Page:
Rory Bergin from HTA Design LLP explains why building standards are devised, the pros and cons, and why people adopt voluntary standards. He also gives an overview of the Active House standard.
Interview with Rory Bergin
Rory Bergin runs the Sustainable Futures Team at HTA Design LLP, a multi-disciplinary consultancy that encompasses architecture, landscape design, communications, sustainability and planning.
Most Standards Focus on Energy Efficiency
With the construction industry pursuing a low carbon or zero carbon agenda, most of the standards that have been developed in recent years focus on energy efficiency.
These include Minergie in Switzerland and the Passivhaus standard in Germany but some countries also have legislation in place to reduce carbon emissions. For example, France hopes to have carbon positive homes by 2020.
Voluntary Standards Generally Exceed Building Regulations
Rory believes that meeting a well researched, comprehensive standard takes you a long way ahead of the market.
It also differentiates you as you feel it is important enough to do this.
Standards Sometimes Don't Transpose Well
Rory thinks there always has to be a level of local adoption or local editing of a standard to make sure it works properly. He gives an example of a project where he was comparing the carbon footprint of dwellings across Europe.
Rory says: “You have to take into account the carbon intensity of the grid in each country, which is very different. So you don't get the results you expect simply because of the national energy policies in different countries.”
Standards Can Be Difficult to Interpret for the Consumer
While a standard may be a good framework for a developer or designer, it can be confusing to the end user.
Rory feels this is a failing of many standards because the information gets too technical and therefore is difficult for the homeowner to understand.
More Useful Information Could Aid Home Buyers
One current project at HTA Design LLP is looking at the labelling of homes. In addition to the regular sales information, such as the number of rooms et cetera, they have suggested that developers provide details on things like the amount of storage available, the daylight factor in each major living space, the running costs and how much maintenance will be required to keep this building intact.
A Good House Should Go Beyond Energy Efficiency
Active House is a specification developed by a group of pan-European industrial companies, manufacturers who provide many of the components that go into modern homes across Europe.
They were concerned that most of the standards currently being used focus entirely on energy savings. Although clearly important they believed this was not the only measure and that air quality, good ventilation and daylight should all be taken into account.
CarbonLight Homes – photo copyright VELUX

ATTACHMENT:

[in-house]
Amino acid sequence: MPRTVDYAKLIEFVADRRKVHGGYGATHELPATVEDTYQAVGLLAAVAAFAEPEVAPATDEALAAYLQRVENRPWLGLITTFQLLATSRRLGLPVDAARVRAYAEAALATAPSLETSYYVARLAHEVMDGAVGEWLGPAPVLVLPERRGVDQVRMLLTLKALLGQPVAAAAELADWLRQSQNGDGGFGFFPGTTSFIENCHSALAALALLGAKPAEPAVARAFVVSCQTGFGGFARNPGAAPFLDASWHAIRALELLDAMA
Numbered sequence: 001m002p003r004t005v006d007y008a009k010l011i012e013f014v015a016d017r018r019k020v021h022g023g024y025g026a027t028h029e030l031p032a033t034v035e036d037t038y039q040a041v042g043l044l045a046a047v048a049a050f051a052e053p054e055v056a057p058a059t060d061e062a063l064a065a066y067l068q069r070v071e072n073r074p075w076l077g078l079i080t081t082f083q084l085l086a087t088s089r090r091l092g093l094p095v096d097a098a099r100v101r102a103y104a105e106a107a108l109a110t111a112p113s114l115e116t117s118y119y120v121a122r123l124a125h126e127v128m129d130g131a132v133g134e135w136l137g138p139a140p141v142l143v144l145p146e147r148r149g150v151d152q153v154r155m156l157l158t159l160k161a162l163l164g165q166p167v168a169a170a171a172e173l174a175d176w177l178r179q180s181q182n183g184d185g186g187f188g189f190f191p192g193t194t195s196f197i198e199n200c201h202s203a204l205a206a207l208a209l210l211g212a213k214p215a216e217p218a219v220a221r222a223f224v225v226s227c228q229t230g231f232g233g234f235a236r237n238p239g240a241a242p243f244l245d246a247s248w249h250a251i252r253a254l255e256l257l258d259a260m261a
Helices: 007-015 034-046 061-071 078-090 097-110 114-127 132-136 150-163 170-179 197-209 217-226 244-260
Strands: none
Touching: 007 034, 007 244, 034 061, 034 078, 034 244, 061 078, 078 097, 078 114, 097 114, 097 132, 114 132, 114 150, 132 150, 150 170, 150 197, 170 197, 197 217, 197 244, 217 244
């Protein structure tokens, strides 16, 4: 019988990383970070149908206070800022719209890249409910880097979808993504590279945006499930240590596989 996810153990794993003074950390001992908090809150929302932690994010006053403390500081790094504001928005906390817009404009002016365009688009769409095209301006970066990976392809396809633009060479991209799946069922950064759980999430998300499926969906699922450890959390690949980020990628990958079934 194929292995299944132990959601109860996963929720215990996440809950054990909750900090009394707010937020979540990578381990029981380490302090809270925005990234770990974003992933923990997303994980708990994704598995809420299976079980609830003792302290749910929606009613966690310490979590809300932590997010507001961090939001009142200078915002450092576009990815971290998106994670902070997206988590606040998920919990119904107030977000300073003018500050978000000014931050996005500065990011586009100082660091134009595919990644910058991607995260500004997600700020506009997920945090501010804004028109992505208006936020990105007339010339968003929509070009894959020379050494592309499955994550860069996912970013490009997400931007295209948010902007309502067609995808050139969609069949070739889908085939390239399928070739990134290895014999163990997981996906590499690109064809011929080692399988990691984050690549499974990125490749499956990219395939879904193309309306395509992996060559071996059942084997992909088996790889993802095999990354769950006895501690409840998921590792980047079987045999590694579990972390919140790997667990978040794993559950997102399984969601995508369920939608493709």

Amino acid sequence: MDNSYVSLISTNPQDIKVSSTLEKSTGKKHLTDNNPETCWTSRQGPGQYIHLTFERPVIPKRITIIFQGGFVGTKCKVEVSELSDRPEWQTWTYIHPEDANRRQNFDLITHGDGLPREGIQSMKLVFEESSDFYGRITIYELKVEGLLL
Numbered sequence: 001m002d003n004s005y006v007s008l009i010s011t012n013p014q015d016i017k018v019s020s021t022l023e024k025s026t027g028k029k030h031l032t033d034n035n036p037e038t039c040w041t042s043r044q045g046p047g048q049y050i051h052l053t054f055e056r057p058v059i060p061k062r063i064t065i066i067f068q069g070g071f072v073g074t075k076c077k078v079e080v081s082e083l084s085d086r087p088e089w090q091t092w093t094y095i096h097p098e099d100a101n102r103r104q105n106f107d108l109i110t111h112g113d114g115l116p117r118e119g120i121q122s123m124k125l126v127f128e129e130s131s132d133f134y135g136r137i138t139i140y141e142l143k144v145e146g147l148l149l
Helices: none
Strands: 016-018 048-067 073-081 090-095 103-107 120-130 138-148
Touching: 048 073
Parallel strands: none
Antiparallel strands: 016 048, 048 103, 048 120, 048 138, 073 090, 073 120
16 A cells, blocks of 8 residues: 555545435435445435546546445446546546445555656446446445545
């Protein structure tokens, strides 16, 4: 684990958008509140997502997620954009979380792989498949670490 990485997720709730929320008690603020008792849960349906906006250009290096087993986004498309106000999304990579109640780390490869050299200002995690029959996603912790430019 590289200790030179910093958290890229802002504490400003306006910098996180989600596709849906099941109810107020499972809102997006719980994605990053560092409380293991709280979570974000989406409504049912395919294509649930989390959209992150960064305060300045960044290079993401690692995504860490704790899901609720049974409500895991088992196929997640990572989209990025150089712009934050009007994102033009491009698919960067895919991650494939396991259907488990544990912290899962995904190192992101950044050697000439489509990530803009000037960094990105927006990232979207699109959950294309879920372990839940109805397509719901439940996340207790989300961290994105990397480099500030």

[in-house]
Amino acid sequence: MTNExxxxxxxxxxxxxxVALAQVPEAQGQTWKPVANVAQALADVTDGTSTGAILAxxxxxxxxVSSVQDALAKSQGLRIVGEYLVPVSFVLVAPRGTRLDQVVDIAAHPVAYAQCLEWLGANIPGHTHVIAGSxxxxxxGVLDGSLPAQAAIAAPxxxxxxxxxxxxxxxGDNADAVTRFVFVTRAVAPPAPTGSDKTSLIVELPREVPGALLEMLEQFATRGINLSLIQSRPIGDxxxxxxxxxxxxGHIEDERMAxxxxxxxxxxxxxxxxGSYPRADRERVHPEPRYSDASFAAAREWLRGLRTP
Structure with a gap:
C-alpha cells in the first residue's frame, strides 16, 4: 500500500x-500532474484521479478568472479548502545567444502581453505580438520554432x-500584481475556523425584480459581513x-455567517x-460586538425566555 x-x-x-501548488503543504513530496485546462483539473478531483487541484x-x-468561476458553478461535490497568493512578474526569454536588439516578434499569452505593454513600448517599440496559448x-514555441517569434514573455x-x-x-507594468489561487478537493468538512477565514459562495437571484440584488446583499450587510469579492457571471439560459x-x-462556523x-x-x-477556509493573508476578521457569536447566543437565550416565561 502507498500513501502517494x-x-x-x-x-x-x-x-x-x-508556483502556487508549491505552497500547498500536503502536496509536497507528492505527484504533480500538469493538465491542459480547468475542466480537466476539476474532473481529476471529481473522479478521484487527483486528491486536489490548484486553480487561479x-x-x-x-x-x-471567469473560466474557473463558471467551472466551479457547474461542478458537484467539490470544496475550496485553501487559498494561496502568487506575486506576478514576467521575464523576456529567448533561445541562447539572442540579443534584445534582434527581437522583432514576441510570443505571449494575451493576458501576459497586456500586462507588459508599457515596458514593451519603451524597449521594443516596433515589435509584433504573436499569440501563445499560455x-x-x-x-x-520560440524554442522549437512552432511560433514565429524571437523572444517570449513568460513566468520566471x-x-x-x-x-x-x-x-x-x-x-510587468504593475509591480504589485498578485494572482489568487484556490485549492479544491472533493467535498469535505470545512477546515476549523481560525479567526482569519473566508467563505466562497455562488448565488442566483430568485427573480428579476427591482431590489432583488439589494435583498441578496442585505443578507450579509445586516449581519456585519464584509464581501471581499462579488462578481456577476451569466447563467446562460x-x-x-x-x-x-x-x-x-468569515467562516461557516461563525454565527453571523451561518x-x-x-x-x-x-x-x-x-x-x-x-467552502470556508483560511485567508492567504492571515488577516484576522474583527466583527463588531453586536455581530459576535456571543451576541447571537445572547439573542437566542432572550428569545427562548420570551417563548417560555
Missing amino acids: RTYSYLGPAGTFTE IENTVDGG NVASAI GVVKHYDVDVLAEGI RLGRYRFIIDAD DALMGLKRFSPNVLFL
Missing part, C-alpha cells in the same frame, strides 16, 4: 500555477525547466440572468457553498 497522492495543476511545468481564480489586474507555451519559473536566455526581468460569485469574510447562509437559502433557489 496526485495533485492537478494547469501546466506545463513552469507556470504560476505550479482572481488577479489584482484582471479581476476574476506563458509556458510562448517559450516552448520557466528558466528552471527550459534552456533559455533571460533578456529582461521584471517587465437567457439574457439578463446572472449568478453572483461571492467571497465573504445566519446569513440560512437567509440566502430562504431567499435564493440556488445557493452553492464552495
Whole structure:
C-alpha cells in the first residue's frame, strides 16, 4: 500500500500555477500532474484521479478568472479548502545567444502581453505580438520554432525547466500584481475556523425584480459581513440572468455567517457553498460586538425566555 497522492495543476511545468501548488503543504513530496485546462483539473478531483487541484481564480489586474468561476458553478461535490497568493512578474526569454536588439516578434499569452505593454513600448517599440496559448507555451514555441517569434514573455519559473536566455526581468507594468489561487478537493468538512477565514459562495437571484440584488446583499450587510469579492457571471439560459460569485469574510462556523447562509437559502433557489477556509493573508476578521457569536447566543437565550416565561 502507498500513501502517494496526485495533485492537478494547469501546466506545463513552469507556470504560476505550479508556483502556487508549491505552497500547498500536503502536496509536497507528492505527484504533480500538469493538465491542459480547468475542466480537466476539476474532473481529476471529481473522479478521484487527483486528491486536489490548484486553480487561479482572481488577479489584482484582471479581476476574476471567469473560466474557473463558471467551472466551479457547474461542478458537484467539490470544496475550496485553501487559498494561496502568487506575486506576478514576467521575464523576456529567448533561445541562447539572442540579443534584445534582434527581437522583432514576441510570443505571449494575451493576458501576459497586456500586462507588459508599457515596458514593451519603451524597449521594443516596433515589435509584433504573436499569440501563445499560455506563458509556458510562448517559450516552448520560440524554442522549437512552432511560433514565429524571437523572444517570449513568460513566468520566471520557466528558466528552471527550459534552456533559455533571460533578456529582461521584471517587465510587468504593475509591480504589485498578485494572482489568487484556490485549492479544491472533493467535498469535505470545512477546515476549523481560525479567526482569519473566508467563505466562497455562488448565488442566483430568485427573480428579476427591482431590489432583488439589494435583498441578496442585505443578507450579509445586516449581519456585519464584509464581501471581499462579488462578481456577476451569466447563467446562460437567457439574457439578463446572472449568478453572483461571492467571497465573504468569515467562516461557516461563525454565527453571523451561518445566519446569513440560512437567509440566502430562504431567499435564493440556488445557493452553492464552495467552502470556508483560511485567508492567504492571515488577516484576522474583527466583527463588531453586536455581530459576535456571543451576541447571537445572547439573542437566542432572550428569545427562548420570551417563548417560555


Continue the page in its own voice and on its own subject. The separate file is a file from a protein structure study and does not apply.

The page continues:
The Active House Prototypes Showed the Potential
Rory describes how having built these houses and carrying out a study over 18 months, the occupant feedback was far beyond their expectations. They reported sleeping better and feeling healthier too.
Active House demonstration buildings have also been built in the USA, Canada, Denmark and Germany (to name but a few).
Without These Standards Homes Might Just be Built to the Lowest Common Denominator Standard
By this Rory is talking about Building Regulations, which are in place to protect us from problems from failure, but are not aimed at giving us a good experience. Even if a house is built to Building Regulations and gets planning approval, it does not mean that it will be a pleasant environment in which to live.
The Active House and other similar standards are different because they focus on providing a healthy and enjoyable quality within the building.
The Active House Standard Allows for Independence in Achieving Outcomes
Unlike the Code for Sustainable Homes which dictates for example “if you need to achieve A, then you must do B”, the Active House specification simply says that certain things, such as daylight levels and air quality, need to be achieved but leaves it up to the individual to decide how they wish to do it.
It is Early Days for the Standard But They are Hopeful of Greater Take Up
Now that the testing and demonstration phase is finishing, the Alliance are looking at ways of encouraging people to use the standard and are working towards developing a set of guidelines to help people understand how they would need to design the building and what they would need to do to achieve the specification.
There is a Danger That the Standard Could be Perceived to be a Ploy by the Manufacturer Members of the Alliance for Their Own Gain
Rory however believes that while it is fair to be mindful of where standards come from, the outcomes in this case are aimed entirely at the health and environmental benefits.
With the test of any standard being how well the building functions and the quality of the end user experience, the success of it can be measured in creating buildings that people like and want to live in.
The Aim Moving Forward Should be for Carbon Positive Homes
We’re still some way from that though, and Rory doesn’t believe we need to achieve that to achieve good quality buildings. The costs of achieving carbon positive homes are falling however and it wouldn’t be too difficult to manage on individual dwellings, however on high rise and high volume housing in cities it is virtually impossible.
Get Involved to Help Shape the Direction of Active House
Rory encourages interested people to go the website, activehouse.info, for further information and to sign up as members. With the standard being at an early stage of adoption he emphasises that the more people that get involved, the more they can help shape the direction of the standard from here on.
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